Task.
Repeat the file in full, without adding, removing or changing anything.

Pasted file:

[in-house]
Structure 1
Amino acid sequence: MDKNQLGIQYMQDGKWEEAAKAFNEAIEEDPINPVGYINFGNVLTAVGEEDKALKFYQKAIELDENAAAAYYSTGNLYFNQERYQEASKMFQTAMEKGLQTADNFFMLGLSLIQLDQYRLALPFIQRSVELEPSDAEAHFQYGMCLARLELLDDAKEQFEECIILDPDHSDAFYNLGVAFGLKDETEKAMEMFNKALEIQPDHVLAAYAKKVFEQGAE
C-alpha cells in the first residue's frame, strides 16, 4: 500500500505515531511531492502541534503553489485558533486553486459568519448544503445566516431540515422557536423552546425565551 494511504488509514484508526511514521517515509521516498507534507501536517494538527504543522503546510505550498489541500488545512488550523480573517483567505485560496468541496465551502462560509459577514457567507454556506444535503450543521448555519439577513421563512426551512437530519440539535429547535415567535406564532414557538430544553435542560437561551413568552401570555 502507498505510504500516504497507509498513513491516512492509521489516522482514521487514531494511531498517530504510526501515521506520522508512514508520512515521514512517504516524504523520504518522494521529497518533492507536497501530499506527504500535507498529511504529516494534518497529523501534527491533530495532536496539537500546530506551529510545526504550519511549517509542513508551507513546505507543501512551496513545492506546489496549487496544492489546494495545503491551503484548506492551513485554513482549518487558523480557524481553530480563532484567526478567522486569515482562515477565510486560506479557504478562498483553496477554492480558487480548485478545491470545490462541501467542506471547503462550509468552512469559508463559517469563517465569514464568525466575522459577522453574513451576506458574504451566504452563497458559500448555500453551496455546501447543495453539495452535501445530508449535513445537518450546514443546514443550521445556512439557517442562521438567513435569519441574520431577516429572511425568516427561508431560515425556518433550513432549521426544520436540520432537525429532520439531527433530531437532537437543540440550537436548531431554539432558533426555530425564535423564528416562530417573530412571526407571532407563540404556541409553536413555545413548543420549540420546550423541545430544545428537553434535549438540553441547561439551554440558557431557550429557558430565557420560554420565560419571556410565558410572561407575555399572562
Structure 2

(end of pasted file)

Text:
[in-house]
Structure 1
Amino acid sequence: MDKNQLGIQYMQDGKWEEAAKAFNEAIEEDPINPVGYINFGNVLTAVGEEDKALKFYQKAIELDENAAAAYYSTGNLYFNQERYQEASKMFQTAMEKGLQTADNFFMLGLSLIQLDQYRLALPFIQRSVELEPSDAEAHFQYGMCLARLELLDDAKEQFEECIILDPDHSDAFYNLGVAFGLKDETEKAMEMFNKALEIQPDHVLAAYAKKVFEQGAE
C-alpha cells in the first residue's frame, strides 16, 4: 500500500505515531511531492502541534503553489485558533486553486459568519448544503445566516431540515422557536423552546425565551 494511504488509514484508526511514521517515509521516498507534507501536517494538527504543522503546510505550498489541500488545512488550523480573517483567505485560496468541496465551502462560509459577514457567507454556506444535503450543521448555519439577513421563512426551512437530519440539535429547535415567535406564532414557538430544553435542560437561551413568552401570555 502507498505510504500516504497507509498513513491516512492509521489516522482514521487514531494511531498517530504510526501515521506520522508512514508520512515521514512517504516524504523520504518522494521529497518533492507536497501530499506527504500535507498529511504529516494534518497529523501534527491533530495532536496539537500546530506551529510545526504550519511549517509542513508551507513546505507543501512551496513545492506546489496549487496544492489546494495545503491551503484548506492551513485554513482549518487558523480557524481553530480563532484567526478567522486569515482562515477565510486560506479557504478562498483553496477554492480558487480548485478545491470545490462541501467542506471547503462550509468552512469559508463559517469563517465569514464568525466575522459577522453574513451576506458574504451566504452563497458559500448555500453551496455546501447543495453539495452535501445530508449535513445537518450546514443546514443550521445556512439557517442562521438567513435569519441574520431577516429572511425568516427561508431560515425556518433550513432549521426544520436540520432537525429532520439531527433530531437532537437543540440550537436548531431554539432558533426555530425564535423564528416562530417573530412571526407571532407563540404556541409553536413555545413548543420549540420546550423541545430544545428537553434535549438540553441547561439551554440558557431557550429557558430565557420560554420565560419571556410565558410572561407575555399572562
Structure 2